Today’s Joanna Page is Richard Curtis’s Love Actually.
Curtis has dominated British comedy, whether it’s been on television or in the cinemas, for nearly three decades now. Following an early stint writing for Not the Nine O’Clock News in the 70s, he started to bestride us like a laughing, Islington-loving colossus the following decade with The Black Adder, its three sequel series and a couple of one-off spin-offs. Within a few years, he became the moving force behind Comic Relief and managed to notch up a couple of movies, including The Tall Guy, starring Jeff Goldblum and Emma Thompson.
In the 90s, he stormed through again, first unleashing Mr Bean on us all, before choosing to take over the world and introduce Hugh Grant to us all with Four Weddings and a Funeral. He went on to write Notting Hill and the screenplay for Bridget Jones’s Diary. He also spent 13 years laughing at country folk for the mysteriously successful The Vicar of Dibley.
Love Actually, released in 2003, was his first attempt at directing a movie. It’s kind of a composite rom com version of Crash (or a sicklier version of This Year’s Love, which also featured Jo Page) in which just about every possible facet of love is explored through the inter-connected lives of various people around the world. With an incredible cast of stars, it is occasionally touching, sometimes funny, and usually irritating. But it has Joanna Page in it – provided you don’t buy the censored DVD – so we’ll forgive it.
General opinion’s starting to make out that we live in a world of hatred and greed – but I don’t see that – seems to me that love is everywhere.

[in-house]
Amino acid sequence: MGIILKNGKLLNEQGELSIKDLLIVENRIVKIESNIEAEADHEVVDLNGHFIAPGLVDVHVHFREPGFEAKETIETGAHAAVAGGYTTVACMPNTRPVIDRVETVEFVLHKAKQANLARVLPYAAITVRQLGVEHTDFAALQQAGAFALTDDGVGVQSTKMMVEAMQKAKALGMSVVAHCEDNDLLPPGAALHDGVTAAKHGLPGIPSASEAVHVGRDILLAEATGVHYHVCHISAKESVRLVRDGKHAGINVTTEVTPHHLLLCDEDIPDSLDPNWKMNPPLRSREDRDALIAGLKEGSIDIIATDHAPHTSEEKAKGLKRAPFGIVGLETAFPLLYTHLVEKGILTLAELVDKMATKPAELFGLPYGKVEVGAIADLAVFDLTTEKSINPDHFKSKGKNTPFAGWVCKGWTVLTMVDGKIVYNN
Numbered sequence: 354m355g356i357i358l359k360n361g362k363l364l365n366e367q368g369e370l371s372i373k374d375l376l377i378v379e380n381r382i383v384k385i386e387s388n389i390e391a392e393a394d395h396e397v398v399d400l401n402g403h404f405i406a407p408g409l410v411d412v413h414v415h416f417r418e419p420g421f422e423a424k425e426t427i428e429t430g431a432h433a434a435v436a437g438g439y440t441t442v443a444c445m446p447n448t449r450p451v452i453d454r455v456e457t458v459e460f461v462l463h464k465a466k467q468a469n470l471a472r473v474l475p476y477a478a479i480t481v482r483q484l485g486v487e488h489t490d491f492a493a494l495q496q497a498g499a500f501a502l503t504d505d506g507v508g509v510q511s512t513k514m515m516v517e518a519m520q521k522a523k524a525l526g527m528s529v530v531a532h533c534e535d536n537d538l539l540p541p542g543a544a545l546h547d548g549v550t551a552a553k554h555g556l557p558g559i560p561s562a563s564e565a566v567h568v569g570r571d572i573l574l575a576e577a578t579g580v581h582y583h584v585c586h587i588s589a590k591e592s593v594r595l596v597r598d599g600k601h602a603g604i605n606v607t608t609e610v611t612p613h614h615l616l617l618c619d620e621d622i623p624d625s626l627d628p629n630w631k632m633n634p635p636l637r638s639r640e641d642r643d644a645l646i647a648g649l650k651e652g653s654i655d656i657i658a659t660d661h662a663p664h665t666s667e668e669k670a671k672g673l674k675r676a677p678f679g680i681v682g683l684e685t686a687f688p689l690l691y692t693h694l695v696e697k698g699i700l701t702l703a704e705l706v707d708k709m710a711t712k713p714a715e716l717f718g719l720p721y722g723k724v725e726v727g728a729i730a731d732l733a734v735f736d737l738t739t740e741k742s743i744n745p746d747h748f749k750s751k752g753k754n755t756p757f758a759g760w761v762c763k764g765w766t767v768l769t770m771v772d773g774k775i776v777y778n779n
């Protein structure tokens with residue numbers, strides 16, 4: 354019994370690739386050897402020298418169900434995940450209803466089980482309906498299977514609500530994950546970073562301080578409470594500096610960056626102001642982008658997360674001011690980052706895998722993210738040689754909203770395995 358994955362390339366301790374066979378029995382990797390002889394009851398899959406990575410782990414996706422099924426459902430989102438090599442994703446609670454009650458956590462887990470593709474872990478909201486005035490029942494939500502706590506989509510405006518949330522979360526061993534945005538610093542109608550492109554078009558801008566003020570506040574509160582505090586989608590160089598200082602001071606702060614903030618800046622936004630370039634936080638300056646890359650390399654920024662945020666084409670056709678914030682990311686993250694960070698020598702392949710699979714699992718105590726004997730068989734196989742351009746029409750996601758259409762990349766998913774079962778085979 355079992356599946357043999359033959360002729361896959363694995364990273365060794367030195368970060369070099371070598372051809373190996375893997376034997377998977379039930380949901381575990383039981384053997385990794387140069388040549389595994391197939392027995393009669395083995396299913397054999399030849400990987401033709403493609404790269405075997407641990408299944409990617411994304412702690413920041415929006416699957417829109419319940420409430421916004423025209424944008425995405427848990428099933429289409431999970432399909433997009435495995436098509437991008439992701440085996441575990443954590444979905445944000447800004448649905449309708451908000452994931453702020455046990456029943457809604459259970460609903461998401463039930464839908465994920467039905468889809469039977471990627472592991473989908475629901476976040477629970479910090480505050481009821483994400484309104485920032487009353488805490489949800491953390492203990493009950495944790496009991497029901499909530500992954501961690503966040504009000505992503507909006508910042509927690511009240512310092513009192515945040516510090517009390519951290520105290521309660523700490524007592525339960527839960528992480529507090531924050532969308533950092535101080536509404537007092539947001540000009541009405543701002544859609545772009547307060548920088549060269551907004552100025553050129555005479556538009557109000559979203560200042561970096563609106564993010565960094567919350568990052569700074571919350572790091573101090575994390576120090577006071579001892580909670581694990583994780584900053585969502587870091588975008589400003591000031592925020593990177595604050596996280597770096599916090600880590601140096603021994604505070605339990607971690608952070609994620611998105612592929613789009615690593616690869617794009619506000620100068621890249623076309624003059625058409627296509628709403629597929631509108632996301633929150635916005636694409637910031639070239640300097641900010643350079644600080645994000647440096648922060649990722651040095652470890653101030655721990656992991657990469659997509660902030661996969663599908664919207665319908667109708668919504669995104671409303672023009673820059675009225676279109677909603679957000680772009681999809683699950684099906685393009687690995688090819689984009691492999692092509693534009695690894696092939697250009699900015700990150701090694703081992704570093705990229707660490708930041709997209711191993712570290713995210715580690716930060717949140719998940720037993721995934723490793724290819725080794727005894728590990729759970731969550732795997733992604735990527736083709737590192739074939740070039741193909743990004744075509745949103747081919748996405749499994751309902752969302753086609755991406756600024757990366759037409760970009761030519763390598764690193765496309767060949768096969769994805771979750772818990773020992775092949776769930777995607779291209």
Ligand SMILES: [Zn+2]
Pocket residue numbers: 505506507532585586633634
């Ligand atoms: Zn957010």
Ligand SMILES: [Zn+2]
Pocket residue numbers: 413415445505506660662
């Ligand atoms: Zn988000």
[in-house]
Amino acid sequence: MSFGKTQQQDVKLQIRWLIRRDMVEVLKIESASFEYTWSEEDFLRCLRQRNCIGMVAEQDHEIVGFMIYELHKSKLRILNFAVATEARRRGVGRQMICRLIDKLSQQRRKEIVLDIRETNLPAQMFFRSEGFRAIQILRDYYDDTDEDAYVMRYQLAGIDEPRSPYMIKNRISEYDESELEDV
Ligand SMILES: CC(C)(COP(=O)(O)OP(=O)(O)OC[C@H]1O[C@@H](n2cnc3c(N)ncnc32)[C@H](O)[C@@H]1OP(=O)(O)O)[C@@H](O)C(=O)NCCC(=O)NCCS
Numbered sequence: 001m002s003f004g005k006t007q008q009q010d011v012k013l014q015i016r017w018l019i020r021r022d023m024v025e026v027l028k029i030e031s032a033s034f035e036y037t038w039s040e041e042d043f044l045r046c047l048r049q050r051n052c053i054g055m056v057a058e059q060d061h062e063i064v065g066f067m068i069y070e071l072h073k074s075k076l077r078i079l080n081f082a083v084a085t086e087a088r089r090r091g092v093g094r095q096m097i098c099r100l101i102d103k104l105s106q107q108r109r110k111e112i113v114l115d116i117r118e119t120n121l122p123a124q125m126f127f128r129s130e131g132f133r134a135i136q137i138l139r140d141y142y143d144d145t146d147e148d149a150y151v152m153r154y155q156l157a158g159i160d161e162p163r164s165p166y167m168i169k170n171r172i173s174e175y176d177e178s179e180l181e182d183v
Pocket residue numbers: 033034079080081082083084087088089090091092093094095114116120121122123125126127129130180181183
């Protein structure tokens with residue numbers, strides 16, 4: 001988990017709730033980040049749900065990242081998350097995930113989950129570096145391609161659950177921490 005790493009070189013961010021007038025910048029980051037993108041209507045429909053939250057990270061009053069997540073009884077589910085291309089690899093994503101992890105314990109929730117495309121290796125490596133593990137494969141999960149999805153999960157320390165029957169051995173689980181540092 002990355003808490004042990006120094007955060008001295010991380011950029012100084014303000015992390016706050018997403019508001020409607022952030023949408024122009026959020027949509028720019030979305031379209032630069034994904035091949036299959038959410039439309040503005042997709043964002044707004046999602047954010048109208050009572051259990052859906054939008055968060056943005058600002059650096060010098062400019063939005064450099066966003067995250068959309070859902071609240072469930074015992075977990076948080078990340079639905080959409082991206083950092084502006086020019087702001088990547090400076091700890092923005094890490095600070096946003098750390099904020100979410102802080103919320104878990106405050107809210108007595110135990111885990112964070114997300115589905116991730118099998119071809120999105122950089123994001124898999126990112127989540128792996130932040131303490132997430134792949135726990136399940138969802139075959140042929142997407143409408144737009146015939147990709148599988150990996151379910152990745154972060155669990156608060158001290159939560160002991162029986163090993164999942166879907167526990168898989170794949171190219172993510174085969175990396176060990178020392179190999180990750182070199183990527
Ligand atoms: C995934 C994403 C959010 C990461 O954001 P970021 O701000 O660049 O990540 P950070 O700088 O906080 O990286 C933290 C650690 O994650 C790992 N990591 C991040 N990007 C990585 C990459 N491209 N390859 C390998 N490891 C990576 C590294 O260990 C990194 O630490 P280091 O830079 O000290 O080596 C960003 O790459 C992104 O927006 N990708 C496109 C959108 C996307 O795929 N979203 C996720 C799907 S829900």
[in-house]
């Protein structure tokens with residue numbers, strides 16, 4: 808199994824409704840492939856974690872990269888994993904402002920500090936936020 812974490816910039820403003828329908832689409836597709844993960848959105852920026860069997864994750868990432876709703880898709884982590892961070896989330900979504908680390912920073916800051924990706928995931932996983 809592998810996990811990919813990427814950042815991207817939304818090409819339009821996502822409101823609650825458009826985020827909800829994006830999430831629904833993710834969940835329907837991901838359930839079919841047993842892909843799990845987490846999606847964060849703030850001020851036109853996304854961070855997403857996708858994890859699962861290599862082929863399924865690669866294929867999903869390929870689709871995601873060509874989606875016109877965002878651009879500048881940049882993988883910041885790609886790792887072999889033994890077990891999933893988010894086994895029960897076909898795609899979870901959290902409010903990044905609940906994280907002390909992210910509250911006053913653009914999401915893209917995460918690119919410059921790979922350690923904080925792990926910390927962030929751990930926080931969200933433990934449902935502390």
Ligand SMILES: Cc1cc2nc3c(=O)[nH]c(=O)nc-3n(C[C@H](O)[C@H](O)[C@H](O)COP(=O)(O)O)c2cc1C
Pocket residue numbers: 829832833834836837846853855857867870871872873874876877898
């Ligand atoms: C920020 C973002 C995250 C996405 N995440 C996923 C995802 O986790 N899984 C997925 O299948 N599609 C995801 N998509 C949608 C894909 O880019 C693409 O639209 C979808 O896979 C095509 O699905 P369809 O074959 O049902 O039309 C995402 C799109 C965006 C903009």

Igniting laughter, wreaking havoc, breaking hearts, daring commitments, forcing choices, catapulting spirits, forging inroads, creating risks – ecstatic, exciting, unexpected, unwelcome, inconvenient, inexplicable, inelegant, unequalled.
Love actually is all around.
From the new bachelor Prime Minister (Hugh Grant) instantly falling in love with a refreshingly real member of the staff (Martine McCutcheon) moments after entering 10 Downing Street…
To a writer (Colin Firth) escaping to the south of France to nurse his re-broken heart who finds love in a lake…
From a comfortably married woman (Emma Thompson) suspecting that her husband (Alan Rickman) is slipping away…
To a new bride (Keira Knightley) mistaking the distance of her husband (Chiwetel Ejiofor)’s best friend (Andrew Lincoln) for something it’s not…
From a schoolboy (Thomas Sangster) seeking to win the attention of the most unattainable girl in school…
To a widowed stepfather (Liam Neeson) trying to connect with a son he suddenly barely knows…
From a lovelorn junior manager (Laura Linney) seizing a chance with her long-tended, unspoken office crush…
To an ageing “seen it all, remember very little of it” rock star (Bill Nighy) jonesing for an end-of-career comeback in his own uncompromising way…
Love, the equal-opportunity mischief-maker, is causing chaos for all.
These London lives and loves collide, mingle and climax on Christmas Eve – again and again and again – with romantic, hilarious and bittersweet consequences for anyone lucky (or unlucky) enough to be under love’s spell.
Is it any good?
Errr. Not so much. The cast are almost all brilliant, as you’d expect. But as a movie, it’s kind of anti-holistic in that the parts are in some ways better than the whole. Not that many of the parts are that good.
It’s tricky to know what was going through Richard Curtis’ mind when he wrote this. Although it’s called Love Actually, few of the various strands of the film bear much resemblance to actuality. Like Sleepless in Seattle, they’re mostly about being in love in movies. So you can’t come out of this saying “Yes, that’s what love’s like! That’s so true!”
Neither is it clear what he’s trying to say, other than “older men find younger women attractive. And vice versa”. Although we have that voiceover at the beginning saying that the world isn’t all just greed and hate and that love is all around us, most of the time, love appears to be causing people misery. Sometimes it’s the love between friends, sometimes it’s unrequited love, sometimes it’s inconvenient love that stops true love from happening.